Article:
Why is this procedure done? Disc Biacuplasty is a procedure to manage discogenic pain (pain originating from the disc). Those patients with back pain that have not had relief with conservative treatments including physical therapy, medications and spinal injections often see surgery as their only option. Disc Biacuplasty may be an alternative to more invasive surgery (i.e. Discectomy or Fusion). Disc Biacuplasty can also be tried for individuals who are not candidates for surgery. A discogram is performed to assist in determining if a disc is causing your pain and if you are a candidate for the Disc Biacuplasty/Transdiscal procedure.

How do I prepare for this procedure? You may not eat for 4 hours before the procedure. You can take your routine medications. If you have diabetes, please contact your treating provider for instructions on how to manage your diabetes medications. If you have any changes in your medical condition or are feeling sick, you should contact our office to inform our staff. You must bring a driver. You should stop all blood thinners, such as: Coumadin, Plavix, aspirin and most arthritis medications. You should stop herbal medicines and supplements one week before the procedure.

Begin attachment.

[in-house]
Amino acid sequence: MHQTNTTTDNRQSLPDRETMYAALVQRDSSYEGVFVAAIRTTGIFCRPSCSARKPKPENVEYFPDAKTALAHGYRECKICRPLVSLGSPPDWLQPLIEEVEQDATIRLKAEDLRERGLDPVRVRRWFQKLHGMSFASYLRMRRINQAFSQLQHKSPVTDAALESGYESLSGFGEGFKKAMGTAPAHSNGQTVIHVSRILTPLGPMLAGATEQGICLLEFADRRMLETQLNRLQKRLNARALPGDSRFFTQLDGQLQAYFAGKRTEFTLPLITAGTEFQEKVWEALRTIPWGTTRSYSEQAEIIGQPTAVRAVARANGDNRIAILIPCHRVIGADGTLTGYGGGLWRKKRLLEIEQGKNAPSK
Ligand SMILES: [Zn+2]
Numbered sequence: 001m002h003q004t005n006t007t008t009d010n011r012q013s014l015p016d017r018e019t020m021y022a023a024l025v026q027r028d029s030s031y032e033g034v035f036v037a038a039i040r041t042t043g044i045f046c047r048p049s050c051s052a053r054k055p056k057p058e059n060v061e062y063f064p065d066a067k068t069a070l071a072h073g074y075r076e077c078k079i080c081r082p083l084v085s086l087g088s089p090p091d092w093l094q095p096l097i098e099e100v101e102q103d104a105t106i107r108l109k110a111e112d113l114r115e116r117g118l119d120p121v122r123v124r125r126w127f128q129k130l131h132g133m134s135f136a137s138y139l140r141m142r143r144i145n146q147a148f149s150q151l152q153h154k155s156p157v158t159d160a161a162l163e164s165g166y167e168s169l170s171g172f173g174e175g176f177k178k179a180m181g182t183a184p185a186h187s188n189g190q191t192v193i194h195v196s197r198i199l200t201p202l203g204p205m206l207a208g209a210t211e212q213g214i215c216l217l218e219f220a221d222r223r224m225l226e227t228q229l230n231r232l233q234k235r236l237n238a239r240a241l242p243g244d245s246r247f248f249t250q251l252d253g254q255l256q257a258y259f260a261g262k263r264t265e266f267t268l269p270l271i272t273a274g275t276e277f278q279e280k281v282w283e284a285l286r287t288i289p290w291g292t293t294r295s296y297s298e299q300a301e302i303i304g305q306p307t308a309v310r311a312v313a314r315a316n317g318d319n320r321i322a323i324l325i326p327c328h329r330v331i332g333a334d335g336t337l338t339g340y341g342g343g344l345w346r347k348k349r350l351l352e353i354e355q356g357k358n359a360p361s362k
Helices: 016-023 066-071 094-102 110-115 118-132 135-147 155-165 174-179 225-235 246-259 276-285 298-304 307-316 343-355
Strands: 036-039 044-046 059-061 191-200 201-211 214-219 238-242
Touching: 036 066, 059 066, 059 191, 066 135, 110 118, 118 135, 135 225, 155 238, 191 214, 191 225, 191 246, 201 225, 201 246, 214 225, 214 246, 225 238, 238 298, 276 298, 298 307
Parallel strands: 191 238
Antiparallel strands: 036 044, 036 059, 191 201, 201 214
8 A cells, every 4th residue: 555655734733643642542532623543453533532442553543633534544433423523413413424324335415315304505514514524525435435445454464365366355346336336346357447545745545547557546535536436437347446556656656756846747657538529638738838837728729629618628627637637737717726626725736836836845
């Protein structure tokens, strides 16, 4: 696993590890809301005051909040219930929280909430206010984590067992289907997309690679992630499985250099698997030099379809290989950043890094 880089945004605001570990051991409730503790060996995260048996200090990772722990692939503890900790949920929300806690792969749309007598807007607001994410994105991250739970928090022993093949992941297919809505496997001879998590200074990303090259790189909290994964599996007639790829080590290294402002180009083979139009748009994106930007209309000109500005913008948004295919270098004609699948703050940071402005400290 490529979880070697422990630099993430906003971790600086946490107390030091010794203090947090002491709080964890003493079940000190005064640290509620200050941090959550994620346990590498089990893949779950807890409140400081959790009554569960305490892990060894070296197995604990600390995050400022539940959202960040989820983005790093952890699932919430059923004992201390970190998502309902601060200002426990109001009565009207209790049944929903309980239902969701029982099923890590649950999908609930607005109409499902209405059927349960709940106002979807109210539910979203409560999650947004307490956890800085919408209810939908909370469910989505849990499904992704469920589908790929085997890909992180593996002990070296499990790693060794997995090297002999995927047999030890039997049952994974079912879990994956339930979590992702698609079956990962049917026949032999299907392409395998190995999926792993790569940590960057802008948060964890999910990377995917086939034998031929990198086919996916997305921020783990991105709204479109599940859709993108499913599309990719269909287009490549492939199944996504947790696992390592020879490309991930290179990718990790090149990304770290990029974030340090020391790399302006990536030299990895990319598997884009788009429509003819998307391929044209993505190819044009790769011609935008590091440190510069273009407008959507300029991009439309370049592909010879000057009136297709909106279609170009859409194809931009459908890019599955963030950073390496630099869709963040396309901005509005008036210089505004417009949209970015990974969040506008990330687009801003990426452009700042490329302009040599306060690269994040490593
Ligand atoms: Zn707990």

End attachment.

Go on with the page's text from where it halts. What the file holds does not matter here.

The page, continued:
What happens during this procedure? You will be placed on your stomach and the skin over the injection site(s) is cleaned. A local anesthetic numbs the skin. Two radiofrequency probes will be guided to the posterior portion of the disc (posterior annulus) by the use of an x-ray or fluoroscope. Once the probes are in place the radiofrequency lesioning will begin. When completed, the probes will be removed, the area will be cleaned, and a band-aid will be placed. You will then be taken to the recovery area. Your corset will be placed and worn until you are home.

What are the side effects? In general, Disc Biacuplasty is a very safe procedure. Serious side effects or complications are rare with Disc Biacuplasty. However, similar to all injection procedures, although unlikely, adverse effects are possible. The risks include but are not limited to increased pain, bleeding, and infection. To help prevent infection the procedure is performed under sterile conditions. Please discuss any specific concerns with your physician.

What happens after this procedure? After the procedure you may not drive for 5 days or do strenuous activities. You will wear a lumbar brace for 6-8 weeks. You will need to limit your sitting time for 10- 20 minutes at a time for 3 days. If you have a sedentary or desk job, you may be able to return to work in 2 weeks. You will be started in physical therapy approximately one month after the Biacuplasty/Transdiscal procedure.

For additional information please refer to www.transdiscal.com

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